How The World's Biggest Military Should Manage This Supply Risk (Part 2)

Apr.18.13 | About: iPath Dow (JJT)

By Stuart Burns

Continued from Part One

So while the degree of risk associated with the supply of each metal can be debated in broad terms, the layman can see how a country deprived of access to a ready supply of material would have problems maintaining a military the size of the United States’.

As an article in Proedgewire points out, President Obama’s fiscal year 2014 budget request includes $615 billion in military spending, but is largely silent on key strategic and critical material programs.

The U.S. has operated a strategic reserve and a few metals such as tungsten, germanium and beryllium are said to be sufficiently covered by existing stockpiles to not be at risk, but others such as antimony, tantalum and bismuth would require significant stockpiles to safeguard supply.

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Source: U.S. Department of Defense

Yet the cost of the stockpiling required is a minimal $200 million, a drop in the $615 billion budget. Not that stockpiling is proposed as the sole solution, the report suggests a combination of substitution, export restrictions (on the grounds this would hold back material for domestic consumption) and stockpiling would be most effective at mitigating the perceived risk at lowest cost.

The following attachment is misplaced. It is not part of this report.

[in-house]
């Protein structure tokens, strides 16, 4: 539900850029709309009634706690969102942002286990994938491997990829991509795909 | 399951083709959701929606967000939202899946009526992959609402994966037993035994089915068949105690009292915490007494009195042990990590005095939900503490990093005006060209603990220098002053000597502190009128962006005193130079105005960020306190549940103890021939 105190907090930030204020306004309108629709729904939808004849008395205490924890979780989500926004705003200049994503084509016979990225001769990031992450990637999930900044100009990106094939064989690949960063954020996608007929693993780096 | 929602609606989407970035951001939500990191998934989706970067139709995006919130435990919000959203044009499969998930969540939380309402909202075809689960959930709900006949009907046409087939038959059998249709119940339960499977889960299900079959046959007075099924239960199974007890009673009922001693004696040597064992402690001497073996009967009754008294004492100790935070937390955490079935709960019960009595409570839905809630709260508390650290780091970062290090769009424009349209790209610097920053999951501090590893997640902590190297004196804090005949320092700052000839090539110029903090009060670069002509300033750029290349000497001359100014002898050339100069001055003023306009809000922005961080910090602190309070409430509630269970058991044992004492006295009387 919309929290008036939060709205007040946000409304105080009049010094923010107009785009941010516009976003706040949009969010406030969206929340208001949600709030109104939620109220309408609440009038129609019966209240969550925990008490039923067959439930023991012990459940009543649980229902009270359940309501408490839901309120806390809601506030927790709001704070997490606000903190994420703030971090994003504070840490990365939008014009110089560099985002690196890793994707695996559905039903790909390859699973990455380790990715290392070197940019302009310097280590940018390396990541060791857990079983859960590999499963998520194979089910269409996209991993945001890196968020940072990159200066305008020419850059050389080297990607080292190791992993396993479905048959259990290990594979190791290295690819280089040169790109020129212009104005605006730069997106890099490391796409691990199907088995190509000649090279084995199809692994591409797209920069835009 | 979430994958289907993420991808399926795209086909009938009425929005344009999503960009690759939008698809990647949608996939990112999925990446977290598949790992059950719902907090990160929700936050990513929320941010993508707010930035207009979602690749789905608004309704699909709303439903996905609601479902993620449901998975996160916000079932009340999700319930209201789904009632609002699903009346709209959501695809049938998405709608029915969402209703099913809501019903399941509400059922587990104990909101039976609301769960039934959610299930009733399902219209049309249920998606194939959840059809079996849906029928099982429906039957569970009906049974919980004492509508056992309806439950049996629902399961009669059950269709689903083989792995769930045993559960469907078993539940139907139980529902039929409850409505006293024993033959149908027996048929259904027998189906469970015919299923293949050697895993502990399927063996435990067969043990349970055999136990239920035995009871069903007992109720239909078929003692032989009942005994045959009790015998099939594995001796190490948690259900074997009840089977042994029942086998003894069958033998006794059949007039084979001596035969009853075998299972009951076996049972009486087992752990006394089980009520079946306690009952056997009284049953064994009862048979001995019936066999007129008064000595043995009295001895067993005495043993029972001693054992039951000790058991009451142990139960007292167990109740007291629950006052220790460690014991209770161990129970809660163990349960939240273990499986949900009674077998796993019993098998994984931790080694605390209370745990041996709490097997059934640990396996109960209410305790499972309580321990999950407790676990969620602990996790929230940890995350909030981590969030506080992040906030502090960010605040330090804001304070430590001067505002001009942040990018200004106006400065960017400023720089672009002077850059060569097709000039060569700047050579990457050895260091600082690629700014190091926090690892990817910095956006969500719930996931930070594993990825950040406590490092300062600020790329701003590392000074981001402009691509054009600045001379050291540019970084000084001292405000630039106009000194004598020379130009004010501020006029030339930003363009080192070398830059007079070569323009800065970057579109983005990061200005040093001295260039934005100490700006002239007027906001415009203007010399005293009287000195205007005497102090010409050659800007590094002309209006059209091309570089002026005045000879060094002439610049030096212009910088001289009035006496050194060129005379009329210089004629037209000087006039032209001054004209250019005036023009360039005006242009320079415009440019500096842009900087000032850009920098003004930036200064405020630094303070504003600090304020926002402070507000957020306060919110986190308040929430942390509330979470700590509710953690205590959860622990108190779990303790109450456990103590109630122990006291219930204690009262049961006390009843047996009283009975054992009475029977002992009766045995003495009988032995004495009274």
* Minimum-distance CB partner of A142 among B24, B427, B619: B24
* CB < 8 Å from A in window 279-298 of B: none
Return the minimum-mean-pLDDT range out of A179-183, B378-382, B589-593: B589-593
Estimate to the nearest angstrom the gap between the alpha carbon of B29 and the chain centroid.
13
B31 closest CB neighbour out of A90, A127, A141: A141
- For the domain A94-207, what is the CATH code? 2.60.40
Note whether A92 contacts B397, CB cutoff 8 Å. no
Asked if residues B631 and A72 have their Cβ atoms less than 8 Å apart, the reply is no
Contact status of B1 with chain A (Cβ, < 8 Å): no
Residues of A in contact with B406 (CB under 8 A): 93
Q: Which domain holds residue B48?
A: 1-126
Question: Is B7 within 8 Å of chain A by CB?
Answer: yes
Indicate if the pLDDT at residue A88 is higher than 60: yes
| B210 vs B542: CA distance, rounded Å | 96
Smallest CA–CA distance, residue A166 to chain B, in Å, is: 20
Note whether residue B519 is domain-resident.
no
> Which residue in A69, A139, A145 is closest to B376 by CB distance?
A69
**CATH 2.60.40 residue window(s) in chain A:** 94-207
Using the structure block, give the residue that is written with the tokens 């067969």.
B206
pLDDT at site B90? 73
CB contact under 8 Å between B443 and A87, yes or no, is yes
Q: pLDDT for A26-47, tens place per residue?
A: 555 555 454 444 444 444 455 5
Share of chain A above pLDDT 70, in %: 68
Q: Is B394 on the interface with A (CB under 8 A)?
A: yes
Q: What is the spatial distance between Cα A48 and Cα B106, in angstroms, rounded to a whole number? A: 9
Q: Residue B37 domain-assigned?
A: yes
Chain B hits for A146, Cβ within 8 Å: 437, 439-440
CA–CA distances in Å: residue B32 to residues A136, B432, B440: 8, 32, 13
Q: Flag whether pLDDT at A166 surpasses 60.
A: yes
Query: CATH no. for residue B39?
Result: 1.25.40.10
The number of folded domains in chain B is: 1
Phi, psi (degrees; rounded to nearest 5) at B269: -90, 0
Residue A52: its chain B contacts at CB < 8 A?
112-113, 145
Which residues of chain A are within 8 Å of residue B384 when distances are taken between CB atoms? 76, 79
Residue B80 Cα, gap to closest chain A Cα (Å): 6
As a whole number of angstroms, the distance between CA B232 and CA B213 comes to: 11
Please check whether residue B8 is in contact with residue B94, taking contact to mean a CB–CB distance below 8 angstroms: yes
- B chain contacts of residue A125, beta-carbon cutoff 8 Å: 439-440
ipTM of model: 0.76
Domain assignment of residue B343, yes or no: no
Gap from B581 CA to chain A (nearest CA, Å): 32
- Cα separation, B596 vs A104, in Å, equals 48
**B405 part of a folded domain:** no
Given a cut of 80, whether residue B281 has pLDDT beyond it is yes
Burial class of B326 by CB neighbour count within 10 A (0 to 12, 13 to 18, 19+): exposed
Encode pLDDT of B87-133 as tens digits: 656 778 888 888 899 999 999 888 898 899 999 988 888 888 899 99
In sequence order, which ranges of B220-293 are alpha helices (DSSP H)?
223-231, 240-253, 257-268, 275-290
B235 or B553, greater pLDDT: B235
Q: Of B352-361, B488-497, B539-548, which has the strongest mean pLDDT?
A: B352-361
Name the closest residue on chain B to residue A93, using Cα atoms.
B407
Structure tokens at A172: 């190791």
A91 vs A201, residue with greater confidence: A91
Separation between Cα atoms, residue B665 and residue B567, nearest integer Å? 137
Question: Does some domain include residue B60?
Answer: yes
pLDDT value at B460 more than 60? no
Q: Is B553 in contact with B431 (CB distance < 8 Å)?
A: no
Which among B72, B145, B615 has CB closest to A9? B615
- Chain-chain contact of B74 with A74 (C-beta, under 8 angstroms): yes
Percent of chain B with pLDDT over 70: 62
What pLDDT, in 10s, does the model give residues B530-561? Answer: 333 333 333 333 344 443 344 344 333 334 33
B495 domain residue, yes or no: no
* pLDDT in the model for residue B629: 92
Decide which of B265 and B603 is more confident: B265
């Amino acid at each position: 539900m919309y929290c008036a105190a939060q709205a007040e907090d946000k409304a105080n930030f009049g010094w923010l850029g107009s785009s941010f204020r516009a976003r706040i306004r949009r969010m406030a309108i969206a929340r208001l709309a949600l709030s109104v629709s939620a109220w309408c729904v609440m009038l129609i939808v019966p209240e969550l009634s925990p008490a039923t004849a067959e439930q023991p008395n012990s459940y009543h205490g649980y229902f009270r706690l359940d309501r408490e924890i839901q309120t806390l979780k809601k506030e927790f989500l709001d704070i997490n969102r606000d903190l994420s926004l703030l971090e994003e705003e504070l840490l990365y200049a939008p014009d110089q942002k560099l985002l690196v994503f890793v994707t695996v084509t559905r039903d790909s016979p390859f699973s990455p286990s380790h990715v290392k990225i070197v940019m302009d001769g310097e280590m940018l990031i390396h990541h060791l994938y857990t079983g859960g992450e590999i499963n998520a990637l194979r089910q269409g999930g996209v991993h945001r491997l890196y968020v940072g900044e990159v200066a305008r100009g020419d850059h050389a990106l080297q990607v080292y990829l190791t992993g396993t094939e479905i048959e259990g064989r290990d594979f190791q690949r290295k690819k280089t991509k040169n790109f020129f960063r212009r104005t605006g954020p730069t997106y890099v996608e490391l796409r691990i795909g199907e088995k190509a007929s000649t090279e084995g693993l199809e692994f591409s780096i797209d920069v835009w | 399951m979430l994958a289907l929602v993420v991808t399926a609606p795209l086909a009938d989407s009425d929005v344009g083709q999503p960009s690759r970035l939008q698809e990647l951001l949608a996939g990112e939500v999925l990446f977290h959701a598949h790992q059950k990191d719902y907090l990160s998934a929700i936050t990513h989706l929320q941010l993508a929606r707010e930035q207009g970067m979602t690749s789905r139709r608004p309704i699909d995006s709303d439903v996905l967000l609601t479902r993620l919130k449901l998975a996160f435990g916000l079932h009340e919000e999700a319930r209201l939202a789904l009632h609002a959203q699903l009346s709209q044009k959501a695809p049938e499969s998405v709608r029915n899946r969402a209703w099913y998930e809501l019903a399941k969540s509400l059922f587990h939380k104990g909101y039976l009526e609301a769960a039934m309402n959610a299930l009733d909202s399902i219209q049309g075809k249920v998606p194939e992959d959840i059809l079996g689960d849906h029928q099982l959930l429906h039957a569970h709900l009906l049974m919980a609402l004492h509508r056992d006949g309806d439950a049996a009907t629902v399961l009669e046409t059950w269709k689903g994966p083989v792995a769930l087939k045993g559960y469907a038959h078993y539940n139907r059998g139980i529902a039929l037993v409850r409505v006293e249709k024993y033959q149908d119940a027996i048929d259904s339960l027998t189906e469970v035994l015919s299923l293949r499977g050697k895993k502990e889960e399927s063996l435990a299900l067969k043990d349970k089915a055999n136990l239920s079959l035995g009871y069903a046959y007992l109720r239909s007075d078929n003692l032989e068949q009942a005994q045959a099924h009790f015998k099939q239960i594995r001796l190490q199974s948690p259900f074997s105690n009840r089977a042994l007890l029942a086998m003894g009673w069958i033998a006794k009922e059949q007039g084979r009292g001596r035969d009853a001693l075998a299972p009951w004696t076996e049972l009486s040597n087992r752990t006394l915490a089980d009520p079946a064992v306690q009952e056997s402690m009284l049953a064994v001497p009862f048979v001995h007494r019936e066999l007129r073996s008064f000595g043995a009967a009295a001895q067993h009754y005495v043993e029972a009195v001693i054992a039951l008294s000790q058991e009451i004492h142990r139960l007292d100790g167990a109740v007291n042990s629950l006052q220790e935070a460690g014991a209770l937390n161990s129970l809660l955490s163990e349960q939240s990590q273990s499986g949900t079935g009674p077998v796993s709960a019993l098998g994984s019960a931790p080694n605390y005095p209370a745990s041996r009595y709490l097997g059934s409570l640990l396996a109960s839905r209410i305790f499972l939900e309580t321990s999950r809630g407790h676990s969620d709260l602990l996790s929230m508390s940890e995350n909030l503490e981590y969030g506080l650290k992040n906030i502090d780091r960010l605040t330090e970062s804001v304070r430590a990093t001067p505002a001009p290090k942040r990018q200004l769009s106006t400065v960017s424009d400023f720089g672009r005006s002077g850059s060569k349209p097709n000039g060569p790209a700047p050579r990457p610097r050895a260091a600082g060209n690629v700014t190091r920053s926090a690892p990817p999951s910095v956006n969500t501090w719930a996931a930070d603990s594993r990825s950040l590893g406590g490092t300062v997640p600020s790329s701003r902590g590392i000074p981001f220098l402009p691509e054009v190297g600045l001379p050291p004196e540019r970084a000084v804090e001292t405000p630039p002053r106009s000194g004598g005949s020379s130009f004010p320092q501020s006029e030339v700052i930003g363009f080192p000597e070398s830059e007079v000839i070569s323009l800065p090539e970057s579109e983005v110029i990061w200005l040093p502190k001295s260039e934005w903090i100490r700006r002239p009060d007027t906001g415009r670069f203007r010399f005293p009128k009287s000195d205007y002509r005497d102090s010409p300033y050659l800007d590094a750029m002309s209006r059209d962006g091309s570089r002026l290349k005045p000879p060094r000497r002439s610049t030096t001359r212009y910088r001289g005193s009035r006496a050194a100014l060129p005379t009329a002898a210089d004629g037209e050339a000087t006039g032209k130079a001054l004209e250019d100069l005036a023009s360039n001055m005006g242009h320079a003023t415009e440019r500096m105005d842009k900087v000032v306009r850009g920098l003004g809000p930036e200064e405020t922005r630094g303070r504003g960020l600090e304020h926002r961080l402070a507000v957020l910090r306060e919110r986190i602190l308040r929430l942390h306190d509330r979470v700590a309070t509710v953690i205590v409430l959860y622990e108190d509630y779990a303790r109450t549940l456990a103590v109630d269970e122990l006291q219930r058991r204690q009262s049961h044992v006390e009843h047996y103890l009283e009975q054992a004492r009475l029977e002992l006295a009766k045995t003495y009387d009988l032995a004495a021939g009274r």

It raises the question: if Mountain Pass could be funded and brought to viability, in part supported by the perceived critical risk, to what extent could others of these kinds of metal shortfalls not be met from domestic, or at least from friendly neighbors’, supply?

Viable sources of tantalum, for example, have been proven in Canada; what would be required to make the U.S. self-sufficient without seeking government subsidy?

How to Manage the Biggest Military’s Supply Chain Risk

The world’s largest and most sophisticated military machine clearly needs a reliable and robust supply chain.

The failure to comprehensively address this issue has the hallmarks of government indifference to al-Qaeda during the Clinton and early Bush years, only for the events of 9/11 to prompt a dramatic re-think.

Rather than sleepwalking into a supply chain disaster, the U.S. could spare a little thought for encouraging domestic supply options of critical metals rather than pouring hundreds of millions of dollars into alternative energy technologies that subsequently go bust.